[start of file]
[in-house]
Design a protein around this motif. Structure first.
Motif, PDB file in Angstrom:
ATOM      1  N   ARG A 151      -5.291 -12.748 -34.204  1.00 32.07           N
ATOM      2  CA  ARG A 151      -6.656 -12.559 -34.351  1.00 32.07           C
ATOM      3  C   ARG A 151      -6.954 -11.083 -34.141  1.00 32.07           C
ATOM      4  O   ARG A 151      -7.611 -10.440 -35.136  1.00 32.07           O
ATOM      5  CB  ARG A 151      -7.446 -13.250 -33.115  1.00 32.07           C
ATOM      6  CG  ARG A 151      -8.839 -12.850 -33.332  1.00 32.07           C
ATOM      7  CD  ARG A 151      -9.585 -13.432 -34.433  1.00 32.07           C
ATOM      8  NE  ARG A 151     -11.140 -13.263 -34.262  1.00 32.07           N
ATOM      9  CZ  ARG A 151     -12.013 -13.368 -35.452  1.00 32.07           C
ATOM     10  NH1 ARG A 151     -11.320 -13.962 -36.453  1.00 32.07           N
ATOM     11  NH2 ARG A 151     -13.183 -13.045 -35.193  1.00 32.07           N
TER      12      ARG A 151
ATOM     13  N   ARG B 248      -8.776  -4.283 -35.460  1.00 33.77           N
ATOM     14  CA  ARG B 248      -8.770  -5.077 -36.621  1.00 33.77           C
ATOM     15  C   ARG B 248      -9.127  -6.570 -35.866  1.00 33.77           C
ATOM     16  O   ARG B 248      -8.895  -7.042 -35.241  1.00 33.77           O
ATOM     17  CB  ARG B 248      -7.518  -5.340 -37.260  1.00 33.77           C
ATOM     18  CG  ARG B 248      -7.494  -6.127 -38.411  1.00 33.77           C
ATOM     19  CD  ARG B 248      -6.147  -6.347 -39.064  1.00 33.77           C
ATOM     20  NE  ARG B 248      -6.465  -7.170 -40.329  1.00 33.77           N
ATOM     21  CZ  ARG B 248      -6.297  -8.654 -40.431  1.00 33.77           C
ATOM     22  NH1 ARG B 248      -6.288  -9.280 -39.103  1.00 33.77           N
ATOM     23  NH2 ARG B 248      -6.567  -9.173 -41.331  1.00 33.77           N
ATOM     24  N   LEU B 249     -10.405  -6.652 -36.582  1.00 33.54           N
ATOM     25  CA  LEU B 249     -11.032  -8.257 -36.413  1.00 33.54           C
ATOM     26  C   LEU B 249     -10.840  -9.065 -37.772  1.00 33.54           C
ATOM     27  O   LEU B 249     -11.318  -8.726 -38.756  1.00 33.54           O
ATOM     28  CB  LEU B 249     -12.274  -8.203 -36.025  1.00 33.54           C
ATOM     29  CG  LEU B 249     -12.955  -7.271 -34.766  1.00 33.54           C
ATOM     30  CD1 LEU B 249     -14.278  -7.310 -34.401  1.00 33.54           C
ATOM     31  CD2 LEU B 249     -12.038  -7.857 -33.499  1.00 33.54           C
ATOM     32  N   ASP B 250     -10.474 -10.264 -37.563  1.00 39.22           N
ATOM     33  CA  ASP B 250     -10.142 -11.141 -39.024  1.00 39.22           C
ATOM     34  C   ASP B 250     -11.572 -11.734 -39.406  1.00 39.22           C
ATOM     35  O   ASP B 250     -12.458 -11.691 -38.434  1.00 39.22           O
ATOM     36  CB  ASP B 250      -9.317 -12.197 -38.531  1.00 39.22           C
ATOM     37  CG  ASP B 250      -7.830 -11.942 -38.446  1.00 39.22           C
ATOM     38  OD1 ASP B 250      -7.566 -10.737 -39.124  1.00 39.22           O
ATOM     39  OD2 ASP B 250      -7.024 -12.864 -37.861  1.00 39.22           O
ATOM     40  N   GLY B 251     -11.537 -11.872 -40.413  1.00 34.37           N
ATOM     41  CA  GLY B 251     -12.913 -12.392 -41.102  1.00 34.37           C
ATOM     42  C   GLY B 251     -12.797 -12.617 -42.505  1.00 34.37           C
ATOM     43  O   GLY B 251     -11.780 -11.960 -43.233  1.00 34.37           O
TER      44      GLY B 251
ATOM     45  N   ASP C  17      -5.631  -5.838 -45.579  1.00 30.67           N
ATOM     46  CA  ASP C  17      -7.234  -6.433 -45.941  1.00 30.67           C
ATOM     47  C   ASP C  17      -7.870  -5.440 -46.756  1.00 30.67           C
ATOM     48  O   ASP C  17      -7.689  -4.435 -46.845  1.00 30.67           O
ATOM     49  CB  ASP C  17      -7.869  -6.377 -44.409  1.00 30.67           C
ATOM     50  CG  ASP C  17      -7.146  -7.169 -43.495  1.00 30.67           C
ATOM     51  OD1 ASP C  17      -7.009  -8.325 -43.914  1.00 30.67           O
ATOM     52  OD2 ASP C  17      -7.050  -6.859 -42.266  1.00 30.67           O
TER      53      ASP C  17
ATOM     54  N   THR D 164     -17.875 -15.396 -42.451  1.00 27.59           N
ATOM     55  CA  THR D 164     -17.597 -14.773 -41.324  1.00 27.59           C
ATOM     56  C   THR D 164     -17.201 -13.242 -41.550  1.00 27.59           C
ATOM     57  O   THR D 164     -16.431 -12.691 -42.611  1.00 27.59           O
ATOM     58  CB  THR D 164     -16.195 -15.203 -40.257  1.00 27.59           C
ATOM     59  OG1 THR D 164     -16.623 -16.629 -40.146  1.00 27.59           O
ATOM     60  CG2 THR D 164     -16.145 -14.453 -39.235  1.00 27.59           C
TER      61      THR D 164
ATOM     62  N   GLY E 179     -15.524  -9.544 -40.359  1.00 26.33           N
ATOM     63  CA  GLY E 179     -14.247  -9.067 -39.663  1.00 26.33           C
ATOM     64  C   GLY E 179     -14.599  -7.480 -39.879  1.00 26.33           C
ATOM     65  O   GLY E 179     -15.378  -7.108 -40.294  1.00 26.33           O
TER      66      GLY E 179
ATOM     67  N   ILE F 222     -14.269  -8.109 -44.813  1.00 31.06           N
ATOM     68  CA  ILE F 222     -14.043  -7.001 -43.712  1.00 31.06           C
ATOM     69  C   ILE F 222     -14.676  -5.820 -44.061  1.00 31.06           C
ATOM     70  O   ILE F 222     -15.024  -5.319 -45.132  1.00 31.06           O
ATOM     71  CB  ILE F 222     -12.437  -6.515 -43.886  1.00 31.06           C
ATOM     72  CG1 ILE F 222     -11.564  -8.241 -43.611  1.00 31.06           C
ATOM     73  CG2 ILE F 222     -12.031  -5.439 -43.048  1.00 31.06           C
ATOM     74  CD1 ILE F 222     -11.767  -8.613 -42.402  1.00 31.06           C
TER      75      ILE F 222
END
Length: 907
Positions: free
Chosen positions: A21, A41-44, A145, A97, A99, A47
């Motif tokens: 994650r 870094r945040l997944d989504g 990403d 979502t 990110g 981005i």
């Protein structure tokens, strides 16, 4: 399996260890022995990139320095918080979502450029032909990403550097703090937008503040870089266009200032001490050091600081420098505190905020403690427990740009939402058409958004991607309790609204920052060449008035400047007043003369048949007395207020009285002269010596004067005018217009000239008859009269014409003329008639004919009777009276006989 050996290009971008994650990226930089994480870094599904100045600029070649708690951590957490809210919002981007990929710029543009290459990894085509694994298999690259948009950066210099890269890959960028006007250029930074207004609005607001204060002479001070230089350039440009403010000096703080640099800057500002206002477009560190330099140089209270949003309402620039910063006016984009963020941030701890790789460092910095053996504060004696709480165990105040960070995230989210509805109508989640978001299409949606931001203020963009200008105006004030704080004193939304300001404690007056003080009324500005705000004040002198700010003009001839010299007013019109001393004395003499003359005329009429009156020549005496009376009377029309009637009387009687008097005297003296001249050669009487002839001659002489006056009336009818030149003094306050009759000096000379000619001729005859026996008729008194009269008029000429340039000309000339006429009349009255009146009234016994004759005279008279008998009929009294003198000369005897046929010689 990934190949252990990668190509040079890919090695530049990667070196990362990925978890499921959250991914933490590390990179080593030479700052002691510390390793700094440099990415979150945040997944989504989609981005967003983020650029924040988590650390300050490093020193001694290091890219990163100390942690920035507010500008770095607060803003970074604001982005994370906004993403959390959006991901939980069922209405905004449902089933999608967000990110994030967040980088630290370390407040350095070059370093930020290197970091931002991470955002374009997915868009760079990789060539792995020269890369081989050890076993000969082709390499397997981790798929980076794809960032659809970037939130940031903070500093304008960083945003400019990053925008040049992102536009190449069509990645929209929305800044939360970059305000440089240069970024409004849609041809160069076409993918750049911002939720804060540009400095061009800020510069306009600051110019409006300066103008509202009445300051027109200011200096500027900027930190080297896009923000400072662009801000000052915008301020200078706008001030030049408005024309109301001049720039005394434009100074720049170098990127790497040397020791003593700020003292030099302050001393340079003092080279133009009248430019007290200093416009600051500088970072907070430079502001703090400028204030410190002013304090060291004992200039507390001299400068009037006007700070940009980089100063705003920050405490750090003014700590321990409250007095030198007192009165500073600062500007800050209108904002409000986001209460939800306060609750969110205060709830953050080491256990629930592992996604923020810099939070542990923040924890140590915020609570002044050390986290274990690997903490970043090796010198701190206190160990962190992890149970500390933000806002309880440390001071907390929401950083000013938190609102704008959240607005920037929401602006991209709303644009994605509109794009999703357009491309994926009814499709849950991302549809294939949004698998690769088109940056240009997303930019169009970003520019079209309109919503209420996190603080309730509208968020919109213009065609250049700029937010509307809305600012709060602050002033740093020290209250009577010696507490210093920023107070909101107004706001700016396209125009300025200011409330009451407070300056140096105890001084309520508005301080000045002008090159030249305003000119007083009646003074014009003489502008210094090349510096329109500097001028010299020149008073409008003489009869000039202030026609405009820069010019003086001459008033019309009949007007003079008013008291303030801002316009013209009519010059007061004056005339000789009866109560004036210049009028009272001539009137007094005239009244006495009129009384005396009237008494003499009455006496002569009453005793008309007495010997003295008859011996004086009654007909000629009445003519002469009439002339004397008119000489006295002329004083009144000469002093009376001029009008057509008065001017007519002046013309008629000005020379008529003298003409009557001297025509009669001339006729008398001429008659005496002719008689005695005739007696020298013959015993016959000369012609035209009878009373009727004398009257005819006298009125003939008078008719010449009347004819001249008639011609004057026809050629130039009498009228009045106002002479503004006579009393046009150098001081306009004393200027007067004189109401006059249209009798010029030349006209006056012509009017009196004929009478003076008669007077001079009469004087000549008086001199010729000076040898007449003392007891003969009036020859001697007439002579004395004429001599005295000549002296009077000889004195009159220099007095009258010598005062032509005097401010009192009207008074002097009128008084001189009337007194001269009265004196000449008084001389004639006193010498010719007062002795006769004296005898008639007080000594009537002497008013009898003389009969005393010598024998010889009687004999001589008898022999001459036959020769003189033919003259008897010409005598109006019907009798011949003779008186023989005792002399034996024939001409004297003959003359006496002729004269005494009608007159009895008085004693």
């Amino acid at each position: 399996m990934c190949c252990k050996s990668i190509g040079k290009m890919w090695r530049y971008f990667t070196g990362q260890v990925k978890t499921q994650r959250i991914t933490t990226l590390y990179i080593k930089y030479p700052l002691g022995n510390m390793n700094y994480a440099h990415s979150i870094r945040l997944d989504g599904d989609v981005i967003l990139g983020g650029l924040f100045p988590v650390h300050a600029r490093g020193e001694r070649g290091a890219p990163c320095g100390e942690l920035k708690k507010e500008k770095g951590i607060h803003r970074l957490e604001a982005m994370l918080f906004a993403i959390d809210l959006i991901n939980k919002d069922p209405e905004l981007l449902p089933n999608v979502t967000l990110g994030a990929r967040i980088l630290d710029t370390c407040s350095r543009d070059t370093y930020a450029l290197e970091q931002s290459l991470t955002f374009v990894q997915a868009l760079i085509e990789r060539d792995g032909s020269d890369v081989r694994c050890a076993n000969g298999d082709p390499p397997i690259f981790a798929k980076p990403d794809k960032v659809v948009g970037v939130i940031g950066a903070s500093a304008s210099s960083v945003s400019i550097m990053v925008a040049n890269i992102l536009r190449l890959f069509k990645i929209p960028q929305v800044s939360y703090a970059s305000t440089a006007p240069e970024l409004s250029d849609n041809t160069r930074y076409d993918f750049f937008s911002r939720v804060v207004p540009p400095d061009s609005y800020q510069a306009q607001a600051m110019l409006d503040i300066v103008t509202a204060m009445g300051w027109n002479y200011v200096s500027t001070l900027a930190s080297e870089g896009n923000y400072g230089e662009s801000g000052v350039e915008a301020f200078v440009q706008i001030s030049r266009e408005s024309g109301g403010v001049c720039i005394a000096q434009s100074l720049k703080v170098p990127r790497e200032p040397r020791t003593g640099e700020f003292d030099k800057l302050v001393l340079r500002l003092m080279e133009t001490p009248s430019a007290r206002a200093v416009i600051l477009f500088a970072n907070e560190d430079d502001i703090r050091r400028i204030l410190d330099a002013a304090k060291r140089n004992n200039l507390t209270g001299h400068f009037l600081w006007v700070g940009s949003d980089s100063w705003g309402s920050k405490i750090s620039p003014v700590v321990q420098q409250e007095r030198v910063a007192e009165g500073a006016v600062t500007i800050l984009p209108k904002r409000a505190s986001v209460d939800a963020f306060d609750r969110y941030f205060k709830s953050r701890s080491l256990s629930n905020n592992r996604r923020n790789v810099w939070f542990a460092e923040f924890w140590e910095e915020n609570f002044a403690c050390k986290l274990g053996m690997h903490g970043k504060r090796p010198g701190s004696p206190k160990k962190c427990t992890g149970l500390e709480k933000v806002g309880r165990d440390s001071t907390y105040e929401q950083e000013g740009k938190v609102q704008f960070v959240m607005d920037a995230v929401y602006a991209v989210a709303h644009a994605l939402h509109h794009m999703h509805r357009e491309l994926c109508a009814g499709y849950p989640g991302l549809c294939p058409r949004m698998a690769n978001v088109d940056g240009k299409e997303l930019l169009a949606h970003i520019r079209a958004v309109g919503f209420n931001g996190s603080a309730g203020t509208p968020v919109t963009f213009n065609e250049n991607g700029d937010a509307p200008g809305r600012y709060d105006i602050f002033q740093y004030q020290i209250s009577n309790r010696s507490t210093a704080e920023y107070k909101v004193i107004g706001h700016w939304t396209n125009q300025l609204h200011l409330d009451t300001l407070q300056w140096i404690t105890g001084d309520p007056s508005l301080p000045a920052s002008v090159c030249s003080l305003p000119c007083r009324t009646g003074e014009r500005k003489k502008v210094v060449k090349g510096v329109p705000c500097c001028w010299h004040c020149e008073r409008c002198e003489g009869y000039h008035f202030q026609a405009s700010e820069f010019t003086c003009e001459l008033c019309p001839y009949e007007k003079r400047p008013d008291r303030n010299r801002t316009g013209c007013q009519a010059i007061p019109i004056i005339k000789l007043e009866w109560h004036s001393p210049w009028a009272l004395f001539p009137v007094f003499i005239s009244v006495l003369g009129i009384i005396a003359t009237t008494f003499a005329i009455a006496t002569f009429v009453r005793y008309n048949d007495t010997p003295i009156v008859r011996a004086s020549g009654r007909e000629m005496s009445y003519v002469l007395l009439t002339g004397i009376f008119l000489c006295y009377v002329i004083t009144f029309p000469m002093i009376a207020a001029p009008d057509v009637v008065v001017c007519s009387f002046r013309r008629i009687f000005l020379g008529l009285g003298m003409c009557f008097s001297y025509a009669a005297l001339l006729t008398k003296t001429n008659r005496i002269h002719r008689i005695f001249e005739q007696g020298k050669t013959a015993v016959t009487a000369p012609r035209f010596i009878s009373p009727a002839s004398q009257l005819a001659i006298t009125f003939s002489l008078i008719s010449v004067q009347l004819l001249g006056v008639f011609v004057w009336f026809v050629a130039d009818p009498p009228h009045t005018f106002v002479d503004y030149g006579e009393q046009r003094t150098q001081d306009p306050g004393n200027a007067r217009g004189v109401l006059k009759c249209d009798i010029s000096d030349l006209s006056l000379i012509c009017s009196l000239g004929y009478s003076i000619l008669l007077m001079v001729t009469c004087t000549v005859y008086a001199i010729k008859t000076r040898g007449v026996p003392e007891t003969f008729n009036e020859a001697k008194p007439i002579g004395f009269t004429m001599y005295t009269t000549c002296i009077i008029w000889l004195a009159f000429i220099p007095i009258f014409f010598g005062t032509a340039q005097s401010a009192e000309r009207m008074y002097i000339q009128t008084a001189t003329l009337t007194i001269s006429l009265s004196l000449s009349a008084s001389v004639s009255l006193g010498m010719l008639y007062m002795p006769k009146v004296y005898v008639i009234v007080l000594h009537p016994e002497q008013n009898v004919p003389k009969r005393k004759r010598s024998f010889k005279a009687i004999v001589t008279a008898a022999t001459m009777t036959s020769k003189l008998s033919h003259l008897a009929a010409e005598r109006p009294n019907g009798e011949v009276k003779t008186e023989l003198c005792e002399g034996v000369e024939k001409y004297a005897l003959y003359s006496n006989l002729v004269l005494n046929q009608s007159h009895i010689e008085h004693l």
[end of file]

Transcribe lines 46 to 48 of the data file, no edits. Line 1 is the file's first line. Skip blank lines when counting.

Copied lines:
ATOM     43  O   GLY B 251     -11.780 -11.960 -43.233  1.00 34.37           O
TER      44      GLY B 251
ATOM     45  N   ASP C  17      -5.631  -5.838 -45.579  1.00 30.67           N